November 04, 2019
By Gordon Whittington
If he were blindfolded, then hauled to this spot and dumped, not even a crusty world traveler could have pointed to it on a globe. In every direction, dry, treeless land led to a sharp horizon. Sub-Saharan Africa? Inner Mongolia? The Australian Outback? Nothing in view made a strong case for any one answer.
Long minutes ticked by. Then, with the sun creeping into view came a clue: an animal on the horizon. Training my SIG Sauer binoculars on it literally brought everything into focus. This couldn’t have been Africa, Asia or Australia . . . the animal was a white-tailed deer.
The buck walked down the far side of the draw, heading toward the point on which T Fork Outfitters owner Tye Sims and I waited. With my Browning X-Bolt resting atop its bipod, we watched the deer march from roughly 500 yards down to 185 and then stop.
In a whisper, Tye asked if I felt the deer was big enough. Forward movement of my thumb on the safety suggested my feelings. Seconds later, the .270’s report confirmed them.
As we drove to the nearby Texas Panhandle ranching community of Mobeetie to celebrate my filled tag, I reflected on the hunt and, especially, on its location. I’d just shot a 5 1/2-year-old 8-pointer on land where the very term “deer woods” seems a stretch. Don’t you need trees in order to have woods? Well, maybe not. In the past couple decades, this ranching country has become about as productive a whitetail region as any other, even if it doesn’t look the part.
A LAND OF WHITETAIL DIVERSITY
Texas offers a broader range of whitetail opportunities than anywhere else on earth. I cut my hunting teeth on these animals as a Central Texas rancher’s kid and since then have pursued them in roughly 40 other states and provinces across the U.S., Canada and Mexico, plus New Zealand and Finland. Those far-flung travels have only reinforced my belief that in the wide world of whitetails, there’s Texas and then there’s everywhere else.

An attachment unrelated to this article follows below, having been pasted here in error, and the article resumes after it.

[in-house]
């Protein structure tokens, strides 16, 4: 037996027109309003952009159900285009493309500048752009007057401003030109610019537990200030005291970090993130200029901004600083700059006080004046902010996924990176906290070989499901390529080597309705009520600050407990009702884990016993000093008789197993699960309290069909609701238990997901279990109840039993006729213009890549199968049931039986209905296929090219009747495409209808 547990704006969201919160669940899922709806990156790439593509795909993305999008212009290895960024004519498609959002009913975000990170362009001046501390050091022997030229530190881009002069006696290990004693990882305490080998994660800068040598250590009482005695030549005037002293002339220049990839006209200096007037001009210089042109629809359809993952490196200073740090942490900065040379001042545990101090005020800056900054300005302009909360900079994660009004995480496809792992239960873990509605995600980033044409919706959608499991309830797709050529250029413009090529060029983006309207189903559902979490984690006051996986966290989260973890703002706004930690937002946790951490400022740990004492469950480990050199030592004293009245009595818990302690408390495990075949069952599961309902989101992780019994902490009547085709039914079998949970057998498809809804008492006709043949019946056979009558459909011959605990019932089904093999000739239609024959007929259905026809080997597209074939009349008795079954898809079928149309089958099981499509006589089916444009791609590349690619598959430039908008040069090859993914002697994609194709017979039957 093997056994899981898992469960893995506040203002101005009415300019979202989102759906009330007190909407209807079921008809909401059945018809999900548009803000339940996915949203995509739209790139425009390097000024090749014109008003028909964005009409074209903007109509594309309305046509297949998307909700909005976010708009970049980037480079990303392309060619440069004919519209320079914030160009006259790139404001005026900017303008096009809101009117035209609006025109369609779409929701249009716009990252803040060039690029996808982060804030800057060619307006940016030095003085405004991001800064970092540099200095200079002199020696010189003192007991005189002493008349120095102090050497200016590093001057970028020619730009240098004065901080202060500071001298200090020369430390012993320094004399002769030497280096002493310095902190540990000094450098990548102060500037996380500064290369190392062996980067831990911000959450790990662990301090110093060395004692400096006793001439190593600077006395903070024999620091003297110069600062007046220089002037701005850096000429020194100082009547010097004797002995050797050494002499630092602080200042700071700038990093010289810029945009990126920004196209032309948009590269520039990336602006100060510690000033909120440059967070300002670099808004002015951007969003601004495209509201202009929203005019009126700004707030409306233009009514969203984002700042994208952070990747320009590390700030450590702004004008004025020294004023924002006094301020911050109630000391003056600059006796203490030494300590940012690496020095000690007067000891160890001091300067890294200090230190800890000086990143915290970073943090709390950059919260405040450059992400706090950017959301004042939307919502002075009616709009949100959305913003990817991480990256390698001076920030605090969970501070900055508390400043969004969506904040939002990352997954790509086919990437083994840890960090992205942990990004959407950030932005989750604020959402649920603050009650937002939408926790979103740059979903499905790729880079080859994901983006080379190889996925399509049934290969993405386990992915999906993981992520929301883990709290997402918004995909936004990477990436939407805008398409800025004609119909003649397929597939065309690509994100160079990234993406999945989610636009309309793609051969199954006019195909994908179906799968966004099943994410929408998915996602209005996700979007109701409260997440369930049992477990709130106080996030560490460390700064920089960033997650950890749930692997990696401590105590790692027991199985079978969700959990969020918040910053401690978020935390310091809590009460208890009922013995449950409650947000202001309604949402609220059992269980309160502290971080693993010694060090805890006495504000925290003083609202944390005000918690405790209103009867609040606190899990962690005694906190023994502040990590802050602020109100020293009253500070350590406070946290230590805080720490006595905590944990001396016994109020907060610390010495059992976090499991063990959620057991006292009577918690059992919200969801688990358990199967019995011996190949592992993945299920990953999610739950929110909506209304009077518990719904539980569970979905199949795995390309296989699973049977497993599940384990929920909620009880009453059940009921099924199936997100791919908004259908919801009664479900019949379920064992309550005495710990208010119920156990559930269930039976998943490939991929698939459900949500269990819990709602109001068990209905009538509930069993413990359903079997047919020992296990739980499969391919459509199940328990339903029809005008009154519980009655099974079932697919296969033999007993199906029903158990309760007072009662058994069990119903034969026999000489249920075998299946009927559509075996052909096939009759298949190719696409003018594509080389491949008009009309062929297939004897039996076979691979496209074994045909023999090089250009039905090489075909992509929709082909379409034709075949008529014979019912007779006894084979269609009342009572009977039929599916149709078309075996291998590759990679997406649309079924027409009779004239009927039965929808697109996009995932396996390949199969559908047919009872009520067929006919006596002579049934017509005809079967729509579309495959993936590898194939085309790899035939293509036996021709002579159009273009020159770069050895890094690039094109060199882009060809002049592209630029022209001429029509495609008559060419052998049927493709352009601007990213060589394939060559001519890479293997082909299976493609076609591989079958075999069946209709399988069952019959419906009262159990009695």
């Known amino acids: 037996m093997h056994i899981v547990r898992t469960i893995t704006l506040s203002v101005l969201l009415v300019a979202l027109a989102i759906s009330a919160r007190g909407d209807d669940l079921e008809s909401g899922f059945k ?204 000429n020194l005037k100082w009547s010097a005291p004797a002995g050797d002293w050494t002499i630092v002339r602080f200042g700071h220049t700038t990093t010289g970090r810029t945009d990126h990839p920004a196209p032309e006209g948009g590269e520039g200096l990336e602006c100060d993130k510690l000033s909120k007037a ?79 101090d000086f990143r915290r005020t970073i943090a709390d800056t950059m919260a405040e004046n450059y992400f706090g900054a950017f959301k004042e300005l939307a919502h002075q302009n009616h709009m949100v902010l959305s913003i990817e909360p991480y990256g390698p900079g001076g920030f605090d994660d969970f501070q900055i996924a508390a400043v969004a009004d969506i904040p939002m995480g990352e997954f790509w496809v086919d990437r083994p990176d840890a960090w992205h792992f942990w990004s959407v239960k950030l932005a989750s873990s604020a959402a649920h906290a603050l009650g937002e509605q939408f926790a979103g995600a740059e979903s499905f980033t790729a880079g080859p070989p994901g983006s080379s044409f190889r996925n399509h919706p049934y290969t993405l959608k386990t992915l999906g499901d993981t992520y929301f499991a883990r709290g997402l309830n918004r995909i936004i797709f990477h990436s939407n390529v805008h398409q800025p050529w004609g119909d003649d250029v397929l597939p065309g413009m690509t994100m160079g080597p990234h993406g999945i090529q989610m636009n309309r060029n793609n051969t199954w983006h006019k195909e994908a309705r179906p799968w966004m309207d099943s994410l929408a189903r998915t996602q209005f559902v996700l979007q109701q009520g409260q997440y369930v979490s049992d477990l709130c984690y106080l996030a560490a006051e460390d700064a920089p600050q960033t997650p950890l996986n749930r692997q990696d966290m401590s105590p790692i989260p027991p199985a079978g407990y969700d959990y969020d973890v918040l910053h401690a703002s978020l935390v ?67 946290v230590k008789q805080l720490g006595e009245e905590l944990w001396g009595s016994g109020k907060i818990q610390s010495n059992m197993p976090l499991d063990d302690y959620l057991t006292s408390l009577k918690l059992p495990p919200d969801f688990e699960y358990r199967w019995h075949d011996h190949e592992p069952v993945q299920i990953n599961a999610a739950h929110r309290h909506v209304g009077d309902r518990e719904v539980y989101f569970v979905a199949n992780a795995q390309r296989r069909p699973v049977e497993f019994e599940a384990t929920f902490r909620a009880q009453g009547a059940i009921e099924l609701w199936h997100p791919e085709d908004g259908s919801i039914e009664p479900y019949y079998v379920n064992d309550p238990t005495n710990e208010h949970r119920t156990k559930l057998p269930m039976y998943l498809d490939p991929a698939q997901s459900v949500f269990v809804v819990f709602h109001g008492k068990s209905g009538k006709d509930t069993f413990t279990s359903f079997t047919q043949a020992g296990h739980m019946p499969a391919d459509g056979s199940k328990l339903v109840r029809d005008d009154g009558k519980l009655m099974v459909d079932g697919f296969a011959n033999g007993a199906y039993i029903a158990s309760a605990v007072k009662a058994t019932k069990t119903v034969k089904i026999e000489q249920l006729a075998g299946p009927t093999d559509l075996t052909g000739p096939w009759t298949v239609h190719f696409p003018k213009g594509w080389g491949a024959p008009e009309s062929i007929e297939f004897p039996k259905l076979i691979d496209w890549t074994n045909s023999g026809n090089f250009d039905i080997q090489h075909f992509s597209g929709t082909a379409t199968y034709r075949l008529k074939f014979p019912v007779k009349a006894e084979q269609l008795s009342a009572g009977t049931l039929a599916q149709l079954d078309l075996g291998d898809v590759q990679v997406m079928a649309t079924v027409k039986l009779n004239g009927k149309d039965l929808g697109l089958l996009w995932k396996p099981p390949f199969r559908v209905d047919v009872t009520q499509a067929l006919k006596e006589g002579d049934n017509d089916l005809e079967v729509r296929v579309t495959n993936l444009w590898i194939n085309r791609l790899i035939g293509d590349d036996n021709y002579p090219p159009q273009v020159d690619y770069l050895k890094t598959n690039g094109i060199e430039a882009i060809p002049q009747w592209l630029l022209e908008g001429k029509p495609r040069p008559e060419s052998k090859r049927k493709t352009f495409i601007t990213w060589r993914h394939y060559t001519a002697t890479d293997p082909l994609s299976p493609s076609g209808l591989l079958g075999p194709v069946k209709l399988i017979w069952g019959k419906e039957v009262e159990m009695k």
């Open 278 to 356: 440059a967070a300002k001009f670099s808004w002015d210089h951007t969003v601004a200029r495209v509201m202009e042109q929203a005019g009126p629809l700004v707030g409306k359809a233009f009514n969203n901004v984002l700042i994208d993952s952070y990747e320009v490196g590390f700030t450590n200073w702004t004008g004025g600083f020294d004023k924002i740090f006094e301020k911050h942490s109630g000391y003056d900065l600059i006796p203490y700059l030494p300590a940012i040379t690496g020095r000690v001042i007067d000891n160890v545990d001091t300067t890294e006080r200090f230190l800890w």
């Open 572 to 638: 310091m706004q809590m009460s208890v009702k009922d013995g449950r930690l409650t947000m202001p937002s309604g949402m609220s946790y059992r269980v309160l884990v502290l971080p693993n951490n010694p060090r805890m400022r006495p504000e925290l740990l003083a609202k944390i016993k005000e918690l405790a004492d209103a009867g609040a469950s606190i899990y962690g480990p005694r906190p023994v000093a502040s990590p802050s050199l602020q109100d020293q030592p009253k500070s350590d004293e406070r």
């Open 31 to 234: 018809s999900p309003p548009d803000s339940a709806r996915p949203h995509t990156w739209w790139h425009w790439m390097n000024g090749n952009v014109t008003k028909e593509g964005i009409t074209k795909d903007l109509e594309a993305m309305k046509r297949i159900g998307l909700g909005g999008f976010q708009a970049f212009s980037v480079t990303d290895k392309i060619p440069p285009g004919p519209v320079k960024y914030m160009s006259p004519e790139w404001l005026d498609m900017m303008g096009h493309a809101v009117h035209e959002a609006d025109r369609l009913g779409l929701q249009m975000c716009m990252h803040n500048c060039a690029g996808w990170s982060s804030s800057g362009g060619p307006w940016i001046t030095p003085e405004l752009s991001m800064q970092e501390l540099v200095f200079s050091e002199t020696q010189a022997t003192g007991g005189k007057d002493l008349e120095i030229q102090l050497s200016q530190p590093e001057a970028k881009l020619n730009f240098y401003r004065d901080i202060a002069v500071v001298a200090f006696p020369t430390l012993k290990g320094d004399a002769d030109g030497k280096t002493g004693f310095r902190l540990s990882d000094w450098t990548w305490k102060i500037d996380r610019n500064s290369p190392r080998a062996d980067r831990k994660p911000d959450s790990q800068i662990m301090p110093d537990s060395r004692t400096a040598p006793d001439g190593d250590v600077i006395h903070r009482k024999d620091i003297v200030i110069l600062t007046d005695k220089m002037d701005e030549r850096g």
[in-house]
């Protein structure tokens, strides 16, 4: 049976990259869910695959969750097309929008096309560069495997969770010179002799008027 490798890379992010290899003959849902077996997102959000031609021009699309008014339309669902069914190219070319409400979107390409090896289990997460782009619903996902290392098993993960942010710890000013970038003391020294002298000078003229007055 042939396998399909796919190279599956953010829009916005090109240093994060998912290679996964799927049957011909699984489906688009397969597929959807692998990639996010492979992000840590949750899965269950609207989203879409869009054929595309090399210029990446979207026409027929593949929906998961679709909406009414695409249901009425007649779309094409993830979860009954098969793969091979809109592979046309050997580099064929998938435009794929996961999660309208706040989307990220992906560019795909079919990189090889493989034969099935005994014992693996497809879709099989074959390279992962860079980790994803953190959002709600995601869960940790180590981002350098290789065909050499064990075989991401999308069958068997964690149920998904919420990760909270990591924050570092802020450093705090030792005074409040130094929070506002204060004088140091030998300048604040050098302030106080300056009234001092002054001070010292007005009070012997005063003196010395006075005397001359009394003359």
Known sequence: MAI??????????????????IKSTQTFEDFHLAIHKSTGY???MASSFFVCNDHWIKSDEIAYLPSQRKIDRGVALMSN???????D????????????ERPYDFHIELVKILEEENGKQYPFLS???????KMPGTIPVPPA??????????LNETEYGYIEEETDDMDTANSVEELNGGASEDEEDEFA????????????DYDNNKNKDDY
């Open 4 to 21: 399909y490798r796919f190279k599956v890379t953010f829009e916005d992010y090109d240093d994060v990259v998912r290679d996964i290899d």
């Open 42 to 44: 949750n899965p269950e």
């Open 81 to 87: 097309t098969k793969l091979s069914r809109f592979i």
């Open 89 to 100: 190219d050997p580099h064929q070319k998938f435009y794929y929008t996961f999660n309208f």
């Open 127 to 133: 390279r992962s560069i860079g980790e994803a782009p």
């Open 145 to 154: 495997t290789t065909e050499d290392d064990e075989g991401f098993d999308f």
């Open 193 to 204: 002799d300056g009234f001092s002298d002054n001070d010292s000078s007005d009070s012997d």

Nearly every county in the eastern two-thirds of the state has decent to high deer numbers. The most common whitetail race here is the Texas subspecies. However, along the mid- to upper coast, you’ll find the Avery Island whitetail. In isolated high country of the Big Bend region way out west lives the tiny Carmen Mountain race. And, in parts of East and North Texas, genes of the husky Kansas subspecies are in evidence.
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As you might guess, there’s overlapping of gene pools in some areas. One is the Panhandle. There, near the Oklahoma border, I’ve seen stocky, reddish-blond bucks with crisp, white markings interact with daintier bucks bearing the classic salt-and-pepper gray coat and murky throat patches of the Texas subspecies. And 500 miles south, just inland from the Gulf of Mexico, I’ve hunted a ranch straddling the historic range of the Texas and Avery Island subspecies and still featuring both.
While nature made the Lone Star State a diverse whitetail world, man also has played a role. In the early 1900s, with all wildlife under pressure from unregulated hunting, predators and changes in land use, whitetails from the King Ranch south of Corpus Christi were trapped and relocated to other areas around the state. These releases jump-started the statewide deer boom still in evidence today.
And, early on, some private landowners were at the forefront of many management methods now considered common. These include not only supplemental feeding but also such intensive practices as artificial insemination and introducing handpicked “breeder” bucks to boost genetics.
These more extreme efforts to grow big racks led to the stereotype of Texas as a land of semi-tame whitetails trapped inside “pens.”
In reality, even in the South Texas Brush Country, only a minority of tracts are high-fenced. Most Texas whitetails being hunted today were born in the wild and remain totally free to roam.
THE RIGHT HUNT FOR YOU